Don’t want wormy apples?
I checked my apple and peach trees the other day to see how well the blossoms weathered the frosts this spring. My peach tree looks to have only sparse fruit, but it looks like my apple managed to miss the frosts. It’s loaded with fruit. I’ll have to do considerable thinning to get a nice crop. I think I will try spraying with carbaryl about June 8 to help with that process. As near as I can tell that will be about 21 days after full bloom. Spraying with carbaryl at that time is supposed to cause about 25% of the fruit to drop. I’ll let you know how it works. Any remaining overcrowded fruit (less than 6″ apart) I will hand thin before they get larger than a 25 cent coin.
The other important task is to keep the apples worm free, or at least mostly worm free. Here are some methods for controlling codling moth (the adult of the apple worm). I will list them in order from most benign to most intensive.
1- Traps. Hang codling moth traps in your tree. These sticky traps have pheremone lures that attract the adult codling moth. One in a tree can be used to monitor when to spray, or you can hang multiple traps to try to actually trap a majority of the moths that come around, eliminating or at least reducing the need to spray.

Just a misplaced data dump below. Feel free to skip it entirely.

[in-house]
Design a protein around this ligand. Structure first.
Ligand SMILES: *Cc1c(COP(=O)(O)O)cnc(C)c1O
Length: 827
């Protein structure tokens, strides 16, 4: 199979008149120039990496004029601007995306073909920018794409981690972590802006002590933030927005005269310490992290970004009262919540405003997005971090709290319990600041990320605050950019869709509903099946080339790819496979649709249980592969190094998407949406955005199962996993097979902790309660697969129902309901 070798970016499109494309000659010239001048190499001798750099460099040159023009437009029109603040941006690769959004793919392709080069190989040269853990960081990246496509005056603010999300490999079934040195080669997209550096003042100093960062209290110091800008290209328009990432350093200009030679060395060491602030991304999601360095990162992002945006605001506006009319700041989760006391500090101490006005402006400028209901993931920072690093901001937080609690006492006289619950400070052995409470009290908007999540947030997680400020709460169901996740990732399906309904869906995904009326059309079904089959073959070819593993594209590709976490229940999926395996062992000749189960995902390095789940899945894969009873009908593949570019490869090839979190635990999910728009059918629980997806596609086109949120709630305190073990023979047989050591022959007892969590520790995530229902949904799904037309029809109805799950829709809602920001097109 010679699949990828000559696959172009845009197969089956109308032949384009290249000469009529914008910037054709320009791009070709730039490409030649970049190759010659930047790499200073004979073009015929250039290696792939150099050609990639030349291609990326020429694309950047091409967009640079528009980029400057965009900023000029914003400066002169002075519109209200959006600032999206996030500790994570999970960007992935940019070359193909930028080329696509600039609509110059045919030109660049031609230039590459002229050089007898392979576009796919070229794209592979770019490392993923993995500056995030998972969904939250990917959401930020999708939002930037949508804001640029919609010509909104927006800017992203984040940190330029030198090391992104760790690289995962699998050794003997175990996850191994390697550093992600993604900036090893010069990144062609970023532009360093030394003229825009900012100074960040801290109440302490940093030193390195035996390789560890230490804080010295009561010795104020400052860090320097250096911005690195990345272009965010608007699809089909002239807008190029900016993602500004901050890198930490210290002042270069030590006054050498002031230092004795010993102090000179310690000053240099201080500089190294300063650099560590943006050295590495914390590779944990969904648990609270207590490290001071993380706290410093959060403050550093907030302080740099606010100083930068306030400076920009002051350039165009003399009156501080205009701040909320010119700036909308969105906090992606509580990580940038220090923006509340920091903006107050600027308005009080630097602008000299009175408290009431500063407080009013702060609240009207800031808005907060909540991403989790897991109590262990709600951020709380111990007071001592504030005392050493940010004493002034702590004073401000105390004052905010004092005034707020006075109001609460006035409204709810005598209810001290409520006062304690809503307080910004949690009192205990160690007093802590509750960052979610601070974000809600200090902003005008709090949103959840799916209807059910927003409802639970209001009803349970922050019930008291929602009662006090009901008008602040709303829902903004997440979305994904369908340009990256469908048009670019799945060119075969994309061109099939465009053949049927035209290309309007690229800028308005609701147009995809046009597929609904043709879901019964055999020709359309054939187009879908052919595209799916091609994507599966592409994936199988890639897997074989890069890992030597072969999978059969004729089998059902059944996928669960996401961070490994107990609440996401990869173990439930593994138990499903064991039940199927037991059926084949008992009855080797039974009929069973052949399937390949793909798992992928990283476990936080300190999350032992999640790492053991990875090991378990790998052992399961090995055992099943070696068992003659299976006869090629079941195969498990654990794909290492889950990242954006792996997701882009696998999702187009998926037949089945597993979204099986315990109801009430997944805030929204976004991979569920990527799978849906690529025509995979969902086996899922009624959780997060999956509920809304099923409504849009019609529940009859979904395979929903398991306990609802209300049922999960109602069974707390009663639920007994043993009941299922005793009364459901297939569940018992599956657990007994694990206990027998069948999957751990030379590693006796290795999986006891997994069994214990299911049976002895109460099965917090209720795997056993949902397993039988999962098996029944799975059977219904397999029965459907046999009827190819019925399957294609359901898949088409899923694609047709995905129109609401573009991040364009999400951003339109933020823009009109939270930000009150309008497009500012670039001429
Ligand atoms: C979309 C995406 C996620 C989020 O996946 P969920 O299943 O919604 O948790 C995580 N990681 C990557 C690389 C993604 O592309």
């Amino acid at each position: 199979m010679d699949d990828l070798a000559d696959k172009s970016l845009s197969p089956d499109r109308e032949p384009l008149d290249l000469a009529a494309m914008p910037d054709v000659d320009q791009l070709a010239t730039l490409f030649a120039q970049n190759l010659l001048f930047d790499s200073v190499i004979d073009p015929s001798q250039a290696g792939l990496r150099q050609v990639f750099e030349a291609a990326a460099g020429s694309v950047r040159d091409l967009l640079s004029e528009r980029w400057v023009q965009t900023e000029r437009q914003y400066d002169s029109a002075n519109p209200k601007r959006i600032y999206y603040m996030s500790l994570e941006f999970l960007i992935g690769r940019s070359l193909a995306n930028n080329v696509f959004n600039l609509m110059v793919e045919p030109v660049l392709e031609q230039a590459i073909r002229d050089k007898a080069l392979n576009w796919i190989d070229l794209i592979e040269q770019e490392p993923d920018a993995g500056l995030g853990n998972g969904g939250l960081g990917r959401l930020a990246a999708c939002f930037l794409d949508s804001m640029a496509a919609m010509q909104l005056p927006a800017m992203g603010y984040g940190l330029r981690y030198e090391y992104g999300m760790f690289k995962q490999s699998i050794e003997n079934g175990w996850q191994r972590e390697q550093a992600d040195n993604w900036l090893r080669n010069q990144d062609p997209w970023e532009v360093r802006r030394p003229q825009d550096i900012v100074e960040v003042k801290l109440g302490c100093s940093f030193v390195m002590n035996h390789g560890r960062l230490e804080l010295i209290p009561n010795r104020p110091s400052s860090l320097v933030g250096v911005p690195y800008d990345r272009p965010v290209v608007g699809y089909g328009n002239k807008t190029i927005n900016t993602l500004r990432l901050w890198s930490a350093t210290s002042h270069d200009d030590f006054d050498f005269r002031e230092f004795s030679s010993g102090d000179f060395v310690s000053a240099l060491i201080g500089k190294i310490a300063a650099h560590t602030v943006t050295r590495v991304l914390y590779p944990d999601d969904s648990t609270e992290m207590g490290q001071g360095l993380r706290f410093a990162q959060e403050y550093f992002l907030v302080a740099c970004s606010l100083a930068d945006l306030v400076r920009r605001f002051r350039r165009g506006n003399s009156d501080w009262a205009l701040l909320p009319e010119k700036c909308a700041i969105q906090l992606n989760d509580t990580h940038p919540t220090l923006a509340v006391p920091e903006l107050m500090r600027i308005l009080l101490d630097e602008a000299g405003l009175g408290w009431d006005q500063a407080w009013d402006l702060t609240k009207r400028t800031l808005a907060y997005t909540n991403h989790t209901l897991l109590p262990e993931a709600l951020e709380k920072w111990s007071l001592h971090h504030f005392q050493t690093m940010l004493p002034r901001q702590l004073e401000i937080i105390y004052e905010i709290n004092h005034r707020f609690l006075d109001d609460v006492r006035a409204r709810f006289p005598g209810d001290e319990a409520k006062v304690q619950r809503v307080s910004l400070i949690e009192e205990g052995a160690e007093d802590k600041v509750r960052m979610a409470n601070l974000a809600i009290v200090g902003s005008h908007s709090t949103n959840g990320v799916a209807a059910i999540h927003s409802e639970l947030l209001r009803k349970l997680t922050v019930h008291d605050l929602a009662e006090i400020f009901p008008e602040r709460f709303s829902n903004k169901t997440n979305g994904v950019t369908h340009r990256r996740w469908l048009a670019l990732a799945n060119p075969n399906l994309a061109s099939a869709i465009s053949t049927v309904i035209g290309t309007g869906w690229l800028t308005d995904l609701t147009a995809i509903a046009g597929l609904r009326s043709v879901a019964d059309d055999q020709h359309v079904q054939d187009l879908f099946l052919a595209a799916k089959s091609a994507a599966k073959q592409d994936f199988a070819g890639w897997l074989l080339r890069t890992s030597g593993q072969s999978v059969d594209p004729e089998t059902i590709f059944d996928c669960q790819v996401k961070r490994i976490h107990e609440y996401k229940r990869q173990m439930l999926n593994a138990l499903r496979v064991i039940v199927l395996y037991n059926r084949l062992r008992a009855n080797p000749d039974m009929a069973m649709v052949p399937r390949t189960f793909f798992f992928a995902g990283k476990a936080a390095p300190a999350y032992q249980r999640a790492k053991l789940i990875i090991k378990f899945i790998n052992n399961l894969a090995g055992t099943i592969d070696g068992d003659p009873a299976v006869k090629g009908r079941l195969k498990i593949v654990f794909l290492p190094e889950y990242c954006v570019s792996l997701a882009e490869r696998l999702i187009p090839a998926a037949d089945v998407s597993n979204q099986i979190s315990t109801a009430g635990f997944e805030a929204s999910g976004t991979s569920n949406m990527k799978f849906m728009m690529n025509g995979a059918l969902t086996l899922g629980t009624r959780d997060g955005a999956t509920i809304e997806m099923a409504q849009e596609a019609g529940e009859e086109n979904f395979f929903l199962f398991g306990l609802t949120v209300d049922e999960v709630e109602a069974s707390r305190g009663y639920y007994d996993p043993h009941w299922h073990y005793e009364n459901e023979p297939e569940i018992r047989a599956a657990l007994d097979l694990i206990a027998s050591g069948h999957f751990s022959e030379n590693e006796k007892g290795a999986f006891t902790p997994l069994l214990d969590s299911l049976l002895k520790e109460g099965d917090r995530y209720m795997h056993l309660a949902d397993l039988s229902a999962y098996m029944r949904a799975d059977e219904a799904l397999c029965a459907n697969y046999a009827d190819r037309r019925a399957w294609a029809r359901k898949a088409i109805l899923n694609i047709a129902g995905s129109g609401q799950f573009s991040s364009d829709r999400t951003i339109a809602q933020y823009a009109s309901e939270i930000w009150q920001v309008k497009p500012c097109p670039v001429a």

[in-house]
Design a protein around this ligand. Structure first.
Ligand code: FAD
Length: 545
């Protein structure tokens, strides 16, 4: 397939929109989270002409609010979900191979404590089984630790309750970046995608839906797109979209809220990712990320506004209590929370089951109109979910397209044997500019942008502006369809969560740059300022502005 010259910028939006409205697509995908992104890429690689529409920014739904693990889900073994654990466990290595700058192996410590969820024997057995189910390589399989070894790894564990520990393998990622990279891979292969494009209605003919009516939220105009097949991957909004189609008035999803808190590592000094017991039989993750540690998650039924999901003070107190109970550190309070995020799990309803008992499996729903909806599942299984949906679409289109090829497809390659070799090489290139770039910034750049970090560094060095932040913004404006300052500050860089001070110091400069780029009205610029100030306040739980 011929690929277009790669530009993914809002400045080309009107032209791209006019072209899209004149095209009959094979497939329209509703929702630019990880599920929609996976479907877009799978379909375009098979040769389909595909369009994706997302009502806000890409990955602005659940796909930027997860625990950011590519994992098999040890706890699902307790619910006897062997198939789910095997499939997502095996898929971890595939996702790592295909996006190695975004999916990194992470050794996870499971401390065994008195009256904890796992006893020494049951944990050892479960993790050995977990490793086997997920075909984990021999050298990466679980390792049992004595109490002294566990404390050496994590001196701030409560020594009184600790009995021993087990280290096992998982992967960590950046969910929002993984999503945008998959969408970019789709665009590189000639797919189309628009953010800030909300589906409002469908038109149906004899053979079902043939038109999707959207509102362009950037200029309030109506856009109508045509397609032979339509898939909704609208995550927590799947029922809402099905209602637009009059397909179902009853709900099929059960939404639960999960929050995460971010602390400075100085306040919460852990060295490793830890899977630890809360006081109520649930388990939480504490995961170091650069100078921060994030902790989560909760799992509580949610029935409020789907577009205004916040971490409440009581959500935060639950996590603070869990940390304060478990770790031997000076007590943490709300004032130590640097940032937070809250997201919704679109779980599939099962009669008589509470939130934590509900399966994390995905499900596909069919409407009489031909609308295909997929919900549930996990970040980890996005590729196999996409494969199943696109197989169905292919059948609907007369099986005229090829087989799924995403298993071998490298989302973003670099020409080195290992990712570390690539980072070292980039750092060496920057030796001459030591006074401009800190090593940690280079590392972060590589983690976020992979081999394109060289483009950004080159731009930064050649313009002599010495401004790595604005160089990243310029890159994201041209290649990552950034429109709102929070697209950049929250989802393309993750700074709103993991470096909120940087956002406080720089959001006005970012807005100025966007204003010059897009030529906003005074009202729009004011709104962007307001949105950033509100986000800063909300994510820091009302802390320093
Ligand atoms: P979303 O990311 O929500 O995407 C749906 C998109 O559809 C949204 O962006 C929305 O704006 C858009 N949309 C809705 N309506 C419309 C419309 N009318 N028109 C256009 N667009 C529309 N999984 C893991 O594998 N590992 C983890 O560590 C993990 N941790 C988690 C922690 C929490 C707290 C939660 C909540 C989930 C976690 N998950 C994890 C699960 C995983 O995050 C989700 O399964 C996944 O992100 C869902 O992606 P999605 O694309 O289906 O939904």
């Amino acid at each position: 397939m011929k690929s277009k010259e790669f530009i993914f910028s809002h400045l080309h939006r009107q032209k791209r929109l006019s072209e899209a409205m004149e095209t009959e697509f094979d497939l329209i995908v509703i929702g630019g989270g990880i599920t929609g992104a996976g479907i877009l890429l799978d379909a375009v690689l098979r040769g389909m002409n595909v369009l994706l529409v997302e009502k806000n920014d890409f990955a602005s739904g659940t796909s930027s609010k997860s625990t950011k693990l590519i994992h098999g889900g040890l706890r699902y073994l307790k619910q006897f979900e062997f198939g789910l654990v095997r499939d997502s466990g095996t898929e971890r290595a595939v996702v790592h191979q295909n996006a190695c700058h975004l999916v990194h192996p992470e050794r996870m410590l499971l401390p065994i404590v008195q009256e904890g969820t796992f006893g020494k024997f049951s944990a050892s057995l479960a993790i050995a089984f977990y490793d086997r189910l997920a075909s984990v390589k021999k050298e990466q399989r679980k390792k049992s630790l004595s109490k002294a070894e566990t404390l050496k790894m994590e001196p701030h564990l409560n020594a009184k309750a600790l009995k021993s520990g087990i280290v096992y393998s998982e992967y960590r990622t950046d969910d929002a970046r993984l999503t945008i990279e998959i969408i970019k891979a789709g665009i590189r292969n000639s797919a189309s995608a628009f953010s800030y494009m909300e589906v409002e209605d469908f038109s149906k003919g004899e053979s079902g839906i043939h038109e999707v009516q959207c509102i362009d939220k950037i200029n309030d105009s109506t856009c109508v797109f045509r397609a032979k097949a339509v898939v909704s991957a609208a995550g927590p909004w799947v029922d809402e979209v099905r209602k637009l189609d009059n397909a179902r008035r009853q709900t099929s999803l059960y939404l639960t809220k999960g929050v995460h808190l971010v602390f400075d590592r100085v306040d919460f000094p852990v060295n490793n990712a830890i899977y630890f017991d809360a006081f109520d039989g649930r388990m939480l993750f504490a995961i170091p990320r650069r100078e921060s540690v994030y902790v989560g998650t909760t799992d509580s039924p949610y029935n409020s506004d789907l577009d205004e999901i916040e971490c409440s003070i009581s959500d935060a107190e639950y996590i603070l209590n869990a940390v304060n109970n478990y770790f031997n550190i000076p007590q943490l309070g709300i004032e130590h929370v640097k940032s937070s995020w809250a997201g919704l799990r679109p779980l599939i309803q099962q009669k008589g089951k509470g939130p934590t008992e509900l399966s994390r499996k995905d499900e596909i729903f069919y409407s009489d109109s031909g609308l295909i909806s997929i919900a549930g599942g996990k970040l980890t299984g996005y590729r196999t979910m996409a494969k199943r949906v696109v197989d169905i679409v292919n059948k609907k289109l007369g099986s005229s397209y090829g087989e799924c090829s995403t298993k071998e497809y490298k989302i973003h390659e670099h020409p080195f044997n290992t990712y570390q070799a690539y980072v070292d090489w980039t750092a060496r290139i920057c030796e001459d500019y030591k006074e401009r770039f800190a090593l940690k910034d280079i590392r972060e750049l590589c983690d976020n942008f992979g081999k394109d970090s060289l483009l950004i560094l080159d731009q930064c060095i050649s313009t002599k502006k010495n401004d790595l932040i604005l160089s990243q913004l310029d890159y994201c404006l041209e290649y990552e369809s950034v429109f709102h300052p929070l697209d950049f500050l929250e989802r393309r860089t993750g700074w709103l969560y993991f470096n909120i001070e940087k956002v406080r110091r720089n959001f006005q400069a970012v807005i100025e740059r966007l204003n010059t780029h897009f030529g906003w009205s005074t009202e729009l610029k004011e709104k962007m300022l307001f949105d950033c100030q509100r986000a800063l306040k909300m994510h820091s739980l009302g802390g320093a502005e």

2- Isomate C+ Pheremone Ties. These small plastic strips are placed in the tree to slowly releases pheromones for season-long mating disruption of codling moth. If they don’t mate they don’t lay eggs. Thus, no worms.
3. Homemade Solution. If you listen to my Garden Talk radio show on Saturday mornings on KID 590 AM you have heard Marge, a frequent caller from Shelley, give out her recipe for keeping worms out of her apples. With her permission I share it here:
6 parts water
1 part molasses
A little yeast
Use 1 or 2 quart milk bottles. Cut a 2 or 3″ hole in the side near the top. Cut the bottom of the handle so it can be used as a hook to hang the bottle in the tree. Fill bottle 3 or 4 inches deep with the above solution. Place 6 or 8 bottles in each tree right after they blossom. Leave all summer. Refill bottles as needed.
4. Spinosad organic spray. Spinosad is a compound derived from a bacteria originally found on sugar cane. It is an organic pesticide with uses including codling moth larvae control (in other words- worms in apples.)
5. Chemical sprays. Chemical sprays include malathion and carbaryl. My favorite is called Bonide Fruit Tree Spray. It contains malathion and carbaryl, as well as captan for disease control, and a spreader sticker for more effectiveness. Codling moths generally don’t emerge in east Idaho until late May or early June, so now is a good time to start spraying. Spray every 7 to 14 days through August for best results.